A Fresh Look at An Ancient World

In 1990, it the behest of the acclaimed astronomer Carl Sagan, NASA turned the camera’s of Voyager 1 to face earth. In a photograph captured from a distance of about 6 billion kilometers, Earth's apparent size is less than a pixel – one pixel out 640000. The planet appears as a tiny dot against the vastness of space, among bands of sunlight scattered by the camera's optics.

This picture was famously referred to as “The Pale Blue Dot.” Carl Sagan, remarked about it:

“From this distant vantage point, the Earth might not seem of any particular interest. But for us, it's different. Consider again that dot. That's here. That's home. That's us. On it everyone you love, everyone you know, everyone you ever heard of, every human being who ever was, lived out their lives. The aggregate of our joy and suffering, thousands of confident religions, ideologies, and economic doctrines, every hunter and forager, every hero and coward, every creator and destroyer of civilization, every king and peasant, every young couple in love, every mother and father, hopeful child, inventor and explorer, every teacher of morals, every corrupt politician, every “superstar,” every “supreme leader,” every saint and sinner in the history of our species lived there – on a mote of dust suspended in a sunbeam.”

This perspective is overwhelming and difficult to imagine. It’s a fact of our existence, but one which we feel uncomfortably small considering. The truth is that we, human beings are not comfortable with the powers of nature much closer to home. We, alone amongst the species of our planet, have spent our history inventing marvelous and miraculous ways to avoid experiencing the natural world.

Air conditioning, heating and screens. Umbrellas, raincoats, boots and seat warmers built into our cars. Of course, these are primarily a function of comfort, but in a much deeper way, they also serve to alleviate our fears of inadequacy in the face of natural power. A power, that Hurricanes and storms remind us of all too clearly.

Our disconnect from the natural word allows us the disillusion of thinking that we are far more invincible than we actually are.

The Beis Yaakov of Izbitz explains that this disillusionment is part of a larger concern of human kind. We do not enjoy staring our inadequacies in the face – we don’t like looking at our weaknesses head on. So we hide from our own smallness. We create spaces where we can be content, comfortable and secure, and at all costs, we avoid stepping outside of those bubbles. And there’s good reason for it too. On a psychological level, it could be quite dangerous to expose oneself so completely to the totality of the universe.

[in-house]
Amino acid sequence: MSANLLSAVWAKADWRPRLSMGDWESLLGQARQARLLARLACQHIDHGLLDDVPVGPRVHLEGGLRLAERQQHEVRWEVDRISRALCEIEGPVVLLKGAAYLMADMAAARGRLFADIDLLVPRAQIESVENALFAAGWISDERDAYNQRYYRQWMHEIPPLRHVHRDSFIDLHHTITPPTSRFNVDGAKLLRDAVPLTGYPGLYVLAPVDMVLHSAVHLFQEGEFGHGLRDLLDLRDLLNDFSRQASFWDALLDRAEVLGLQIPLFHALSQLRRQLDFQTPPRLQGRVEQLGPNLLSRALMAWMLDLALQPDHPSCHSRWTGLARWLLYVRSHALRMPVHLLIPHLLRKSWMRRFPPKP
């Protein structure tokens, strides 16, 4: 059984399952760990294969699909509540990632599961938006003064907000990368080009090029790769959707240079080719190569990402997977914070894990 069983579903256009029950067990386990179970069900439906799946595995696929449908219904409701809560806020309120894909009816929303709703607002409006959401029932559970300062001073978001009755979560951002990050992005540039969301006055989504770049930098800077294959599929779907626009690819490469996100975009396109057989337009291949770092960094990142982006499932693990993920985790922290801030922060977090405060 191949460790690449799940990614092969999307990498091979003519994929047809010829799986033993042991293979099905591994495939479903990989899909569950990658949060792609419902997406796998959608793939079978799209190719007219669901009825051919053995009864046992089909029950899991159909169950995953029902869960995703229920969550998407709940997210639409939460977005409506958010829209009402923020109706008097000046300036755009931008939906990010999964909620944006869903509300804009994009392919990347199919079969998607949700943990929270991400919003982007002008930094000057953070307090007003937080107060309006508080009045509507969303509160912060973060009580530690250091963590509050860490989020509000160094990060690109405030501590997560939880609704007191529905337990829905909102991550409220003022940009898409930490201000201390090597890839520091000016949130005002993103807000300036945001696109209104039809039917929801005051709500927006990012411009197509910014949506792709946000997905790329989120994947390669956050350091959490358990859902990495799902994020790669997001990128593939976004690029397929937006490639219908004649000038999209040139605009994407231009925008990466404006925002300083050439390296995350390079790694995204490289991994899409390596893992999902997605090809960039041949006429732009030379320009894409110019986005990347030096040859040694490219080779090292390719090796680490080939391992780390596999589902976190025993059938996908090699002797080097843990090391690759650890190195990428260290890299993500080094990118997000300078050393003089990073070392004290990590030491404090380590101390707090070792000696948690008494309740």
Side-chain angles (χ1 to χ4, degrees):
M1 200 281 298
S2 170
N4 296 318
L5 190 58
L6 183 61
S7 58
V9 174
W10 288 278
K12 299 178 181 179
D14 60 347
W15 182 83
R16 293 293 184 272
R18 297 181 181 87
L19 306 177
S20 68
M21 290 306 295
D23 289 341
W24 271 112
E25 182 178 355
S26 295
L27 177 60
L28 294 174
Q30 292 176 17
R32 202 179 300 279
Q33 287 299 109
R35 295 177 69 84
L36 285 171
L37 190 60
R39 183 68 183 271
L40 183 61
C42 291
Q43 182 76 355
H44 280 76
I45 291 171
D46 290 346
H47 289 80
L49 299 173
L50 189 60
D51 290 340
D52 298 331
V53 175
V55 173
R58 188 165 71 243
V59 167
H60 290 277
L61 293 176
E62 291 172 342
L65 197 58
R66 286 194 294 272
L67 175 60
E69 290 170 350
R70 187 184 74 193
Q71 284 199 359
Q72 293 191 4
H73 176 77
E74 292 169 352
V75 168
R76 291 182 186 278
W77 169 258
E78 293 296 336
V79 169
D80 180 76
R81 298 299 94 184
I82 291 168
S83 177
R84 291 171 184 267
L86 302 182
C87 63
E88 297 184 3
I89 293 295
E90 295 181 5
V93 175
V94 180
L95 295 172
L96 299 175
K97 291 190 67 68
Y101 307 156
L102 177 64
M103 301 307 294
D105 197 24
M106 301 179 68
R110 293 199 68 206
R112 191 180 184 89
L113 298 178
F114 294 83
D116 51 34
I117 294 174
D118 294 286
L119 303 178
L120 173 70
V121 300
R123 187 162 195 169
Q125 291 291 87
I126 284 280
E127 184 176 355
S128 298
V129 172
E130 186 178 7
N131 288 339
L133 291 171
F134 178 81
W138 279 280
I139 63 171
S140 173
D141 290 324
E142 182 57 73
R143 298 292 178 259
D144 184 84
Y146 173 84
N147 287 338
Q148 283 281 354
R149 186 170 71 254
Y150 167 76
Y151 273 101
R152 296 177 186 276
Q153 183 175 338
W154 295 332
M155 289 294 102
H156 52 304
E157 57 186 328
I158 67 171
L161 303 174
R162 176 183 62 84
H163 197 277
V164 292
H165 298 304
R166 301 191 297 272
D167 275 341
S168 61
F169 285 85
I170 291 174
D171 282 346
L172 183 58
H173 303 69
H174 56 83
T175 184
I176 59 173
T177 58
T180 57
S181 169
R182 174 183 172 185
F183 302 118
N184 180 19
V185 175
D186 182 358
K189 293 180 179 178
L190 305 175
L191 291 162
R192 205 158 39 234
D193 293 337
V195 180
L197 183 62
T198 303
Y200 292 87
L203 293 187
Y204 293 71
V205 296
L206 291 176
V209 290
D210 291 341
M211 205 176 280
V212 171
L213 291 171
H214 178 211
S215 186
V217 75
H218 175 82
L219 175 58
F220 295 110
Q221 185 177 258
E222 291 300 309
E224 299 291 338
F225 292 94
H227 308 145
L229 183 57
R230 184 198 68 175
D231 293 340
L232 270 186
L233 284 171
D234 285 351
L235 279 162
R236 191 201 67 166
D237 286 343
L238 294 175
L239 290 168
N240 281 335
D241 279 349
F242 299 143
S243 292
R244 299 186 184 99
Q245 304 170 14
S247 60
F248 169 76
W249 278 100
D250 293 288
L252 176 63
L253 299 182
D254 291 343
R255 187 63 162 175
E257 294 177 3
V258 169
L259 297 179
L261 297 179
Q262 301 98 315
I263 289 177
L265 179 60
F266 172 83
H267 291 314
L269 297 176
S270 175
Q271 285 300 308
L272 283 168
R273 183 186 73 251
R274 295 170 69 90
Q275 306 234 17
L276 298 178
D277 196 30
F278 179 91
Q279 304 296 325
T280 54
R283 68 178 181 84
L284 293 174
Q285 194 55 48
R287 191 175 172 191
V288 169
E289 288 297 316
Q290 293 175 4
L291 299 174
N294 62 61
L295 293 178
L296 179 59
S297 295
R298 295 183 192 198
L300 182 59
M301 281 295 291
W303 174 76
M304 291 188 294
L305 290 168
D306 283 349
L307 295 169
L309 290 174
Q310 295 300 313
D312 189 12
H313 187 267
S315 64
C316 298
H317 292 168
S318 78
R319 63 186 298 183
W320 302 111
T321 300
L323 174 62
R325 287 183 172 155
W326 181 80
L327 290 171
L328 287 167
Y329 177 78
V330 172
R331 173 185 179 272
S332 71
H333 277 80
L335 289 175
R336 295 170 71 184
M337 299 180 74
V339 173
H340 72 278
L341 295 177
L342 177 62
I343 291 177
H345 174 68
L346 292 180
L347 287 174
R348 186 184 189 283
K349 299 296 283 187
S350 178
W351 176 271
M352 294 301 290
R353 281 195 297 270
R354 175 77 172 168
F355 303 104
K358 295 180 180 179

So Hashem gives us Chag HaSukkos. It comes after the Yamim Noraim; at time where we’ve done some serious reflection and introspection and have begun taking the necessary steps to change those things about ourselves that we’re not so proud of.

With this fresh perspective, Hashem asks us to step outside of the comfort zone expose ourselves – not too much, just a little. And this idea is reflected in all the halachos of Sukkah.

We need a structure that is temporary, but one that provides shade. A structure in which one can feel the rain, and see the stars. The roof is all natural and it cannot be so high that we forget where we’re sitting.

The goal of leaving our homes, and entering the Sukkah is to get in touch with our vulnerabilities. To reconnect with the natural world, and thereby recognize our own smallness.

The Sukkah provides an opportunity to open ourselves to an encounter with the Master of the Universe, Creator of Heaven and Earth. We’re stripping away a layer of hubris and invincibility and acknowledging that we have more to achieve, more to grow and greater distance to cover.

But ultimately, the purpose of it all is to recognize that nothing is possible without Hashem. All of our brilliance, ingenuity and creativity is meaningless without His desire for us to be here. The Sukkah is a week-long demonstration that despite the vastness of universe, Hashem cares about me and you.